As with a herniated disc, spinal stenosis can cause back and leg pain, although the symptoms develop gradually, usually over several months or years.
Back symptoms: The patient experiences chronic back pain, usually at the waist, and especially when standing, walking or leaning backwards.
Leg symptoms: Patients may experience pain, numbness, or muscle weakness in the legs. The most common symptom is an ache or heaviness in the legs together with numbness, or a tingling feeling, like ants crawling on the legs. This happens after walking or standing for a long period of time, and will gradually disappear after sitting down or leaning forward. This is because the nerve compression is worse when the spine is extended backward. A patient with spinal stenosis cannot walk for a long period of time, such as when shopping, and they will have to sit down from time to time. In extreme cases, some patients cannot stand long enough to take a shower or brush their teeth.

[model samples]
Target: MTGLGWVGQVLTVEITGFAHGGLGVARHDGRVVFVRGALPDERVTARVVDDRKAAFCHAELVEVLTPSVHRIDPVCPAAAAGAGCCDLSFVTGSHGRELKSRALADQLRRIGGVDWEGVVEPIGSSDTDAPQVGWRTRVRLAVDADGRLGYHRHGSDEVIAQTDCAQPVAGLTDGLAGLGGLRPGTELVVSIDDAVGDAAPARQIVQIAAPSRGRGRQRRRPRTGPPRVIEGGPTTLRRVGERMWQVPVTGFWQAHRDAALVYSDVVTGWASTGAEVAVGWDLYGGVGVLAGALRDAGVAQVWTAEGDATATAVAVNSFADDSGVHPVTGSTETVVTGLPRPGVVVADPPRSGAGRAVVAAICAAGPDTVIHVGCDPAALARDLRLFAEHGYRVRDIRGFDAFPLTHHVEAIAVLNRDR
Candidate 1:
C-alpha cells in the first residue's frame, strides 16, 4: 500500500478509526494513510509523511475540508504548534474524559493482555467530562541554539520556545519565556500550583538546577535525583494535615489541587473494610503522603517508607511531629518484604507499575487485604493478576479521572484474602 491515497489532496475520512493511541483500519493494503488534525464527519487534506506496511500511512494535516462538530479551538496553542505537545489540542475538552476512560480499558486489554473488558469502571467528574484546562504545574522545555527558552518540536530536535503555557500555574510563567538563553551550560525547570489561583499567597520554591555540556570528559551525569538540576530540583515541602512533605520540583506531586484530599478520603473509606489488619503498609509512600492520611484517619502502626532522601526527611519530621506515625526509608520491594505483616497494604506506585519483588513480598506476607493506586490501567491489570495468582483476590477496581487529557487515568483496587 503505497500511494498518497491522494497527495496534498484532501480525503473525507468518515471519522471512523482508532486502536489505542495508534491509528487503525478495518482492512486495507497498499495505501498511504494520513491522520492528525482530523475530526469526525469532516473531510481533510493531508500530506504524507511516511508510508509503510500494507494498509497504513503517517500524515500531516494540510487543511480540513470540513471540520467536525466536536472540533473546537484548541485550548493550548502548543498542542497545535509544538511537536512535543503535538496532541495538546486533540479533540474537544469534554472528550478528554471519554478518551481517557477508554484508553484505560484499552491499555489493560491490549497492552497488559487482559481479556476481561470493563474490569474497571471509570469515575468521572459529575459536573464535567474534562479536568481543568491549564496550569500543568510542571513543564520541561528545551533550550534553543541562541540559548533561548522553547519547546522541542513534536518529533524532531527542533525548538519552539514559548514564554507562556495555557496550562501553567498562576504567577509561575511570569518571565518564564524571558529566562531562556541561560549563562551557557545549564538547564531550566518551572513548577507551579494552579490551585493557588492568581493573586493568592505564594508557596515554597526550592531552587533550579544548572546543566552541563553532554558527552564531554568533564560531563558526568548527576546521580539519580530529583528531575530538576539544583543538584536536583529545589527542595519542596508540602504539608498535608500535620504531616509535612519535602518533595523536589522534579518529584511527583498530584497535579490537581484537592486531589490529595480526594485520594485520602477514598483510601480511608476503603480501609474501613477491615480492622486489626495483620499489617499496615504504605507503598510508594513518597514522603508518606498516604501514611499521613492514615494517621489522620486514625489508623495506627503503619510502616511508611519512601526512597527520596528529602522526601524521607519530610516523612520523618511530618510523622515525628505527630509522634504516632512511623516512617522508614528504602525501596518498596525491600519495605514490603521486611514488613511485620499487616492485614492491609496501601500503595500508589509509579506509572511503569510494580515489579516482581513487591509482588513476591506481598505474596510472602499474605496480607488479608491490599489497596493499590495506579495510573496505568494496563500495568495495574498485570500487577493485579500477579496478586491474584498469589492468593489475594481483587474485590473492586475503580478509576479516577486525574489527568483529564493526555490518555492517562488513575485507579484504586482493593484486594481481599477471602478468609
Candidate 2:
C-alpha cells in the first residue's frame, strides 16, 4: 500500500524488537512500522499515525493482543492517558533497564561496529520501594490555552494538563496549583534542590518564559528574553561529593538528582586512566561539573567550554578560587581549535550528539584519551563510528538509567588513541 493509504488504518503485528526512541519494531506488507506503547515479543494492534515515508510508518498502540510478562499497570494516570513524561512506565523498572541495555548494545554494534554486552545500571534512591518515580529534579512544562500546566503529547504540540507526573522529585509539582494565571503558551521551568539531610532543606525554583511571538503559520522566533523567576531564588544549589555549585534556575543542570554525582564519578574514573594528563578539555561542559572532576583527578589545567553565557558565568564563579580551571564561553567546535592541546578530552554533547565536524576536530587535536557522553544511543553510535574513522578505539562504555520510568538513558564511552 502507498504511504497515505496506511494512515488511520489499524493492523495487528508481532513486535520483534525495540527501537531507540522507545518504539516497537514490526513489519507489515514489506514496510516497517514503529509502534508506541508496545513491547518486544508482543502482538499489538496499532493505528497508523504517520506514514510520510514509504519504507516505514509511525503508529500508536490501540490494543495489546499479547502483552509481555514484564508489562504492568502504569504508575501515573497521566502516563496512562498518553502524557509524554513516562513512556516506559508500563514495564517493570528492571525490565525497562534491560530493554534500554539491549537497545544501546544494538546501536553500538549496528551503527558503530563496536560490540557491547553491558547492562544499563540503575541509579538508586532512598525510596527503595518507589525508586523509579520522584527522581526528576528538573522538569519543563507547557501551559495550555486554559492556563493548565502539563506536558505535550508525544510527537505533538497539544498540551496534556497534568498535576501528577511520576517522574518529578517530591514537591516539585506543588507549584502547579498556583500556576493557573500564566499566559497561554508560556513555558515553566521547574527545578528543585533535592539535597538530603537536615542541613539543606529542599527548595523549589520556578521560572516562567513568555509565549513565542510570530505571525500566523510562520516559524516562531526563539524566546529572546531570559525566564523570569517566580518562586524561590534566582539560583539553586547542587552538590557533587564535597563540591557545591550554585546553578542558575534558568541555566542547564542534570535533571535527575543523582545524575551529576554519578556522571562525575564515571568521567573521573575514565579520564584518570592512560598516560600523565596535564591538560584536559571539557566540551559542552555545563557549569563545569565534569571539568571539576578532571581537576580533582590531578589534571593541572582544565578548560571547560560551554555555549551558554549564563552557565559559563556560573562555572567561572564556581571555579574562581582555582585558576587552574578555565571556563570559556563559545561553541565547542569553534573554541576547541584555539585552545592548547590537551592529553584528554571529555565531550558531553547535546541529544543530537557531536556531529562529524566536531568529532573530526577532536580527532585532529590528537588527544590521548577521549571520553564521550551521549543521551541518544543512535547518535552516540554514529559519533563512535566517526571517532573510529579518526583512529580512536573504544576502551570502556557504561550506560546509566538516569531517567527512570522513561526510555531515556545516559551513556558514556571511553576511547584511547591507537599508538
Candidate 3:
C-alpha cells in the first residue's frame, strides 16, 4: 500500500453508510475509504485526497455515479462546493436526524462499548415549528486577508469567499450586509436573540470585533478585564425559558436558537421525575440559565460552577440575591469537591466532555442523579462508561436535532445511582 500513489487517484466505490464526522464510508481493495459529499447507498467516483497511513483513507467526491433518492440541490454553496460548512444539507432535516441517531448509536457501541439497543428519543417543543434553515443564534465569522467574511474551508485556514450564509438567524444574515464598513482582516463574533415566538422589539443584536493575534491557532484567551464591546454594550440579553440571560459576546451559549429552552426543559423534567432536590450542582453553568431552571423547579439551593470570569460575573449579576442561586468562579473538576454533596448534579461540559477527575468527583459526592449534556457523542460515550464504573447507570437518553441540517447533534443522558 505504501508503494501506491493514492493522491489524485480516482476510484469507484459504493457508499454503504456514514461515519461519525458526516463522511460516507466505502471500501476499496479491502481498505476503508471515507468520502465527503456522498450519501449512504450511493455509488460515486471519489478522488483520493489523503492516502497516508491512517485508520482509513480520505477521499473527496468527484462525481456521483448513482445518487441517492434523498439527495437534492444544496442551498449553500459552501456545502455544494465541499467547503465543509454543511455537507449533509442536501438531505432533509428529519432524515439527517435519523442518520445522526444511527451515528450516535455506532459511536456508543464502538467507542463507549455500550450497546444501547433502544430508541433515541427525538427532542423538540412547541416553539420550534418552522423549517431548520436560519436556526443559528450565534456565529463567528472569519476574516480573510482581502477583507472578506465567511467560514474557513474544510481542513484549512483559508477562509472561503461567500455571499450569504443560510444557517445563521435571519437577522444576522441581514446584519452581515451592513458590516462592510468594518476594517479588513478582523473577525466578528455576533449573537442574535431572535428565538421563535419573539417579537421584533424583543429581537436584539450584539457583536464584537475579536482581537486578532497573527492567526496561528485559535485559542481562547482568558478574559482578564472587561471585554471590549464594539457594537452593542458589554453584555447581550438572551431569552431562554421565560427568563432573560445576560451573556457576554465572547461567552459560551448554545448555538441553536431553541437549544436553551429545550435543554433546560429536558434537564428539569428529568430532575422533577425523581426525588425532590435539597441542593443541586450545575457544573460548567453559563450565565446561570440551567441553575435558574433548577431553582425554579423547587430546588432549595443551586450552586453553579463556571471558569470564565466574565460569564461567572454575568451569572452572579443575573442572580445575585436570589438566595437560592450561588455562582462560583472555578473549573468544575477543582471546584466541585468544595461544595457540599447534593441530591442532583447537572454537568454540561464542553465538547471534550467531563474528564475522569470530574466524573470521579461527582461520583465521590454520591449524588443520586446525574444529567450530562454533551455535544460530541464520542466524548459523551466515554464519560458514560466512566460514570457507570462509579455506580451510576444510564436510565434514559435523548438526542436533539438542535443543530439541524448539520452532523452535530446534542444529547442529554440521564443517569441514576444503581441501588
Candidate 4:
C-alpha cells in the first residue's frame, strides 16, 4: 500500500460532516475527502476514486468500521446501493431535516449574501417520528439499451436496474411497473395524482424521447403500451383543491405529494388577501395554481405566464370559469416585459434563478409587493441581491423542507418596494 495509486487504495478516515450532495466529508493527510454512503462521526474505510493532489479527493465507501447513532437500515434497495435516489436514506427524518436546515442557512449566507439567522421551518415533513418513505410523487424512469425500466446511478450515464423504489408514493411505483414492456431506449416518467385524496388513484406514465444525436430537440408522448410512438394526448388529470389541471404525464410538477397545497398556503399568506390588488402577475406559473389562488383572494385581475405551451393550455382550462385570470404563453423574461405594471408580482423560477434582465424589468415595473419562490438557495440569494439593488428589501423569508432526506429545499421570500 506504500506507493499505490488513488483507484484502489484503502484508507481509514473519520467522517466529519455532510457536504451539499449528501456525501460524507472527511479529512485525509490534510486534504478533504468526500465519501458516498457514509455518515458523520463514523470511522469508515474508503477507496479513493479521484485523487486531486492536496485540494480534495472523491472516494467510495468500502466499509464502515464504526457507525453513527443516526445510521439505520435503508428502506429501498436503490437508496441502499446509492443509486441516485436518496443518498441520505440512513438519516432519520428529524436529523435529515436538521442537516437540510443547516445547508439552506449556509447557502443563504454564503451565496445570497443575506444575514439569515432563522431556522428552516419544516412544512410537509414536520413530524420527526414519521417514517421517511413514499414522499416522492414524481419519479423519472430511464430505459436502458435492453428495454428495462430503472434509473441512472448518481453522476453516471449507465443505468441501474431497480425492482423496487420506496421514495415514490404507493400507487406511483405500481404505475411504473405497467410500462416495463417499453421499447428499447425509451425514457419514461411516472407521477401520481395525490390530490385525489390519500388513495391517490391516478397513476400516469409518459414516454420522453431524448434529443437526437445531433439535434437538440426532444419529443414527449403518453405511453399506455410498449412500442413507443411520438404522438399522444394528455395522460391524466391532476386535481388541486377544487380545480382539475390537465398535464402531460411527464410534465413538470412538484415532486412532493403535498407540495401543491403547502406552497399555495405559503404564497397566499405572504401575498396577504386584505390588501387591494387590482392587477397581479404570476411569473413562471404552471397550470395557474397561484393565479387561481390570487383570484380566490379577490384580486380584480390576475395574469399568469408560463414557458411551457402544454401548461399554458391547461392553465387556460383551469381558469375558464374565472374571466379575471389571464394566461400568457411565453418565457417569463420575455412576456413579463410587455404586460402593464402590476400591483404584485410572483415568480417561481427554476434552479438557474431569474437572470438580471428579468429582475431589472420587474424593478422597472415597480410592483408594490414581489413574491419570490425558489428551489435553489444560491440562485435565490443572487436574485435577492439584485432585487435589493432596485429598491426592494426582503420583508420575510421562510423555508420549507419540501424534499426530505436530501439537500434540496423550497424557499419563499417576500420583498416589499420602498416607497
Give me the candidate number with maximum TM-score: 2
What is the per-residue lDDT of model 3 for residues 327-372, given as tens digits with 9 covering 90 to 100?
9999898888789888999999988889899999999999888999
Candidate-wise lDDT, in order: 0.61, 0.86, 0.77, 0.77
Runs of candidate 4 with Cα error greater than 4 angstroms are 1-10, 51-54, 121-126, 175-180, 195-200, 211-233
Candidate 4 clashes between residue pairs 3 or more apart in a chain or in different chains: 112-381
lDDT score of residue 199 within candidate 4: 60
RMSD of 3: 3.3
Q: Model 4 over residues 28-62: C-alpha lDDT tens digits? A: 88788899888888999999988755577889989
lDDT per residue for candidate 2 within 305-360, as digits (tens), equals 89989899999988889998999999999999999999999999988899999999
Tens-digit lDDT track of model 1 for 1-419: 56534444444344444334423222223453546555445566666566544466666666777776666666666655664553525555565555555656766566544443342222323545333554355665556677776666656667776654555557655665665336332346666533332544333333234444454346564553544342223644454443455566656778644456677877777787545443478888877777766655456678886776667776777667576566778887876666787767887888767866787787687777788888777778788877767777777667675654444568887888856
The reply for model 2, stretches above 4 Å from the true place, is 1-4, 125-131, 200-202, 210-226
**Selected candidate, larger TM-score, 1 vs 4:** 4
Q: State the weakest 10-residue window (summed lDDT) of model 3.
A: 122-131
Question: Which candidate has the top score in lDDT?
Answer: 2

Spinal stenosis is attributed to degenerative changes of the discs, ligaments and facet joints surrounding the lumbar canal. Wear and tear on parts of the spine can cause discs to bulge, ligaments to thicken, and joints to become enlarged because the body responds by trying to re-stabilize the back. All these changes cause the spinal canal to become narrower and the nerves to become more compressed, resulting in muscle weakness.